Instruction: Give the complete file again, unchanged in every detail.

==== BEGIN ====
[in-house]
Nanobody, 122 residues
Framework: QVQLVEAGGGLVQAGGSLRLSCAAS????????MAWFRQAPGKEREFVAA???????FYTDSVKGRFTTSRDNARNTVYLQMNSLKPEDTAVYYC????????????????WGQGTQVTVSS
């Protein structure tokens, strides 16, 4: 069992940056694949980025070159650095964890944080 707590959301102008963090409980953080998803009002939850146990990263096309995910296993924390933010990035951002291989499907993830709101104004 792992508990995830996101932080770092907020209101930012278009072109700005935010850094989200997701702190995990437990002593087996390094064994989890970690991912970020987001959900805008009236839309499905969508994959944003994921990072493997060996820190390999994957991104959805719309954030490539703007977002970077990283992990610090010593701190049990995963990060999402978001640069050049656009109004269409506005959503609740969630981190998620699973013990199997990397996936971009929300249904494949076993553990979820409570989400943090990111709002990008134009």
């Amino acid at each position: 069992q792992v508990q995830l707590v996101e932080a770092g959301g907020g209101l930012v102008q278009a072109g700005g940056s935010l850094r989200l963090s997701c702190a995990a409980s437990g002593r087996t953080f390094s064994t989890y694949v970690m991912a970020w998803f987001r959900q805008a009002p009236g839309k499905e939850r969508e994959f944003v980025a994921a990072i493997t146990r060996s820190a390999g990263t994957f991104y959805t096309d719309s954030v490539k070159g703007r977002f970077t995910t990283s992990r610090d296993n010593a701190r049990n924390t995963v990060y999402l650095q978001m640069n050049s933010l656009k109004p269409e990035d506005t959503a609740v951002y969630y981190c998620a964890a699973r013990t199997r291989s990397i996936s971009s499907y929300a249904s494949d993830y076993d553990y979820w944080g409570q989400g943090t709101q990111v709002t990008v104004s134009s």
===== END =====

[in-house]
Nanobody, 122 residues
Framework: QVQLVEAGGGLVQAGGSLRLSCAAS????????MAWFRQAPGKEREFVAA???????FYTDSVKGRFTTSRDNARNTVYLQMNSLKPEDTAVYYC????????????????WGQGTQVTVSS
């Protein structure tokens, strides 16, 4: 069992940056694949980025070159650095964890944080 707590959301102008963090409980953080998803009002939850146990990263096309995910296993924390933010990035951002291989499907993830709101104004 792992508990995830996101932080770092907020209101930012278009072109700005935010850094989200997701702190995990437990002593087996390094064994989890970690991912970020987001959900805008009236839309499905969508994959944003994921990072493997060996820190390999994957991104959805719309954030490539703007977002970077990283992990610090010593701190049990995963990060999402978001640069050049656009109004269409506005959503609740969630981190998620699973013990199997990397996936971009929300249904494949076993553990979820409570989400943090990111709002990008134009």
């Amino acid at each position: 069992q792992v508990q995830l707590v996101e932080a770092g959301g907020g209101l930012v102008q278009a072109g700005g940056s935010l850094r989200l963090s997701c702190a995990a409980s437990g002593r087996t953080f390094s064994t989890y694949v970690m991912a970020w998803f987001r959900q805008a009002p009236g839309k499905e939850r969508e994959f944003v980025a994921a990072i493997t146990r060996s820190a390999g990263t994957f991104y959805t096309d719309s954030v490539k070159g703007r977002f970077t995910t990283s992990r610090d296993n010593a701190r049990n924390t995963v990060y999402l650095q978001m640069n050049s933010l656009k109004p269409e990035d506005t959503a609740v951002y969630y981190c998620a964890a699973r013990t199997r291989s990397i996936s971009s499907y929300a249904s494949d993830y076993d553990y979820w944080g409570q989400g943090t709101q990111v709002t990008v104004s134009s």